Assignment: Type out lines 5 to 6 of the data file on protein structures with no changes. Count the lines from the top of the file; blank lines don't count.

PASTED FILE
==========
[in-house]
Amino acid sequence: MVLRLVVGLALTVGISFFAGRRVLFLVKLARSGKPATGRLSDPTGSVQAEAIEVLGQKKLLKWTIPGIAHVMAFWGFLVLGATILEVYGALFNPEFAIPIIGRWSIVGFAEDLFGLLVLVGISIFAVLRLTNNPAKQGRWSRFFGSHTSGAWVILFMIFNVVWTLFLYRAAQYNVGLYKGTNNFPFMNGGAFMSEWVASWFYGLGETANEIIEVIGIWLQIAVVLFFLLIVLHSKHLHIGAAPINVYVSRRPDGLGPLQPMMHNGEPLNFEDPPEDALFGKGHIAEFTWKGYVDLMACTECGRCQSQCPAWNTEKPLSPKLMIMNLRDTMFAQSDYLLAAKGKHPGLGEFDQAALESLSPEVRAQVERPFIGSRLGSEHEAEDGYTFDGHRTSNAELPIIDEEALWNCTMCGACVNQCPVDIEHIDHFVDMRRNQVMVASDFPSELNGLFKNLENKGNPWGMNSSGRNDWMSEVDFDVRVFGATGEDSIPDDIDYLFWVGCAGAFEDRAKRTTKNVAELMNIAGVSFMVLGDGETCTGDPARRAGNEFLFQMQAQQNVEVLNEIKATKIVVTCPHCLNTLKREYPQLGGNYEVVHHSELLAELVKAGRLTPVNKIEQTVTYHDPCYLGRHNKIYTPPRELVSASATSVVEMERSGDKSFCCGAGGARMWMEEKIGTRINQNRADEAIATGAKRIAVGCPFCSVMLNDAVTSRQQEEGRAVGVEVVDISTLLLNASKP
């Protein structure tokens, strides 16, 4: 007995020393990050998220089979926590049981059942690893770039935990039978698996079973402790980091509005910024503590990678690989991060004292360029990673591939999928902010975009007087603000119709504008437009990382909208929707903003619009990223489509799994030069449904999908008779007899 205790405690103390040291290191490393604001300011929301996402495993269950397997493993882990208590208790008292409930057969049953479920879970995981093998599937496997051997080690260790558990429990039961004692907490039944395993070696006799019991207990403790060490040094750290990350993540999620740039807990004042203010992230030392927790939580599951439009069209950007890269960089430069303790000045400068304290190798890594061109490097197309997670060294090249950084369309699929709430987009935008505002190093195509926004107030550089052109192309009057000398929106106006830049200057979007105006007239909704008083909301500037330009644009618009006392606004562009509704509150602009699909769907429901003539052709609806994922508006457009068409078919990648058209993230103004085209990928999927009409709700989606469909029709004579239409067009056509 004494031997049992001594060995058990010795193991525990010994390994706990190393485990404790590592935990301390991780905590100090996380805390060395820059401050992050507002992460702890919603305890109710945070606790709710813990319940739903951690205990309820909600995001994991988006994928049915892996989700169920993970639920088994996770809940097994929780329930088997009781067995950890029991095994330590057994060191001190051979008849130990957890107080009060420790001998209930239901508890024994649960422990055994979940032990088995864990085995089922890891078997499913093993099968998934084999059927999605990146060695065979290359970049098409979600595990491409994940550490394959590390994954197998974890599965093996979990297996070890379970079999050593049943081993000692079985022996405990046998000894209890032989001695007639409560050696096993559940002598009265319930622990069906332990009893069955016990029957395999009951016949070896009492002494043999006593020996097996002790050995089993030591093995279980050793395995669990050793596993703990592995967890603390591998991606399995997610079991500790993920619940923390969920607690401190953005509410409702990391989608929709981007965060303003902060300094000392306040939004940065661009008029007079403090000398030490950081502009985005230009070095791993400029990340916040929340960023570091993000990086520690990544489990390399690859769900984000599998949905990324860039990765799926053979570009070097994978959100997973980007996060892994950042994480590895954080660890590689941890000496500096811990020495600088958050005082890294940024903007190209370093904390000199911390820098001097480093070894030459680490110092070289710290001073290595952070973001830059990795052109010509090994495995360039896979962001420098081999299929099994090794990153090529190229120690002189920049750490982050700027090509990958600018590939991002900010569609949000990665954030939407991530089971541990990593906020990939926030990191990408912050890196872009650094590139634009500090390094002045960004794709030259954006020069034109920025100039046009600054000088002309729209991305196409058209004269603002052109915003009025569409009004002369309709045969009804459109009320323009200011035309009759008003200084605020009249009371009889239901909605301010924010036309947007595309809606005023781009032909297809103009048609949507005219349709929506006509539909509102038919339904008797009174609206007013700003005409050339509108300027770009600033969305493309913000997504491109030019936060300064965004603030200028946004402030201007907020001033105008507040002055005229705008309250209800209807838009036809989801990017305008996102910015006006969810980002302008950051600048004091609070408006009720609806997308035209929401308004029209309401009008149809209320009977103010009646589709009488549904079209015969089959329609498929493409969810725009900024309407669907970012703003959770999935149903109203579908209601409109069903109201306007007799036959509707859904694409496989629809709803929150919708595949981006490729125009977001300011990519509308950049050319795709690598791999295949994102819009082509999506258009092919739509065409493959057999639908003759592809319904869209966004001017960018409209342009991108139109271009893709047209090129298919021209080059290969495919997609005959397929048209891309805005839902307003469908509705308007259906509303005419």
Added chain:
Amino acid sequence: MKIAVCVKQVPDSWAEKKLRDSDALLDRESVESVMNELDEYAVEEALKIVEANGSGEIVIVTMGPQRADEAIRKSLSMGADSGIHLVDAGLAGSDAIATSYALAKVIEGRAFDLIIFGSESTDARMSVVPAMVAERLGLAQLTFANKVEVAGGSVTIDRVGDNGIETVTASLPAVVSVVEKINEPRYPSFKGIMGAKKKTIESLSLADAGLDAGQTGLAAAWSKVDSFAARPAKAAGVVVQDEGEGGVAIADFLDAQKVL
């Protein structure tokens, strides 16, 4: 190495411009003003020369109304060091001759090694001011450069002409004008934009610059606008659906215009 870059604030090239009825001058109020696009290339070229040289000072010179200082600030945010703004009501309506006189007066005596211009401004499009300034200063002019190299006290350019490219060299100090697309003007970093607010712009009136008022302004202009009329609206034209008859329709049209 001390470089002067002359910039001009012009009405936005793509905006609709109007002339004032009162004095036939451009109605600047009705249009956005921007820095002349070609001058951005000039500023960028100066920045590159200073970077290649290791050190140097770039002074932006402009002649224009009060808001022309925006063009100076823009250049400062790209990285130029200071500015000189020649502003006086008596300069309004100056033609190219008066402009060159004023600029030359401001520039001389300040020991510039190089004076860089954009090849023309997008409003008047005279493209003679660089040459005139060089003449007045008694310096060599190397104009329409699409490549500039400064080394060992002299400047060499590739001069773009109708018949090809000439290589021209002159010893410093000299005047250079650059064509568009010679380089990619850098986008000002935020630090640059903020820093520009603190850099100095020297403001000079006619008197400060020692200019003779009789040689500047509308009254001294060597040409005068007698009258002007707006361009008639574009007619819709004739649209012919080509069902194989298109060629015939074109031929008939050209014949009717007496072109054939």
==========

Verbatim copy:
Amino acid sequence: MKIAVCVKQVPDSWAEKKLRDSDALLDRESVESVMNELDEYAVEEALKIVEANGSGEIVIVTMGPQRADEAIRKSLSMGADSGIHLVDAGLAGSDAIATSYALAKVIEGRAFDLIIFGSESTDARMSVVPAMVAERLGLAQLTFANKVEVAGGSVTIDRVGDNGIETVTASLPAVVSVVEKINEPRYPSFKGIMGAKKKTIESLSLADAGLDAGQTGLAAAWSKVDSFAARPAKAAGVVVQDEGEGGVAIADFLDAQKVL
């Protein structure tokens, strides 16, 4: 190495411009003003020369109304060091001759090694001011450069002409004008934009610059606008659906215009 870059604030090239009825001058109020696009290339070229040289000072010179200082600030945010703004009501309506006189007066005596211009401004499009300034200063002019190299006290350019490219060299100090697309003007970093607010712009009136008022302004202009009329609206034209008859329709049209 001390470089002067002359910039001009012009009405936005793509905006609709109007002339004032009162004095036939451009109605600047009705249009956005921007820095002349070609001058951005000039500023960028100066920045590159200073970077290649290791050190140097770039002074932006402009002649224009009060808001022309925006063009100076823009250049400062790209990285130029200071500015000189020649502003006086008596300069309004100056033609190219008066402009060159004023600029030359401001520039001389300040020991510039190089004076860089954009090849023309997008409003008047005279493209003679660089040459005139060089003449007045008694310096060599190397104009329409699409490549500039400064080394060992002299400047060499590739001069773009109708018949090809000439290589021209002159010893410093000299005047250079650059064509568009010679380089990619850098986008000002935020630090640059903020820093520009603190850099100095020297403001000079006619008197400060020692200019003779009789040689500047509308009254001294060597040409005068007698009258002007707006361009008639574009007619819709004739649209012919080509069902194989298109060629015939074109031929008939050209014949009717007496072109054939």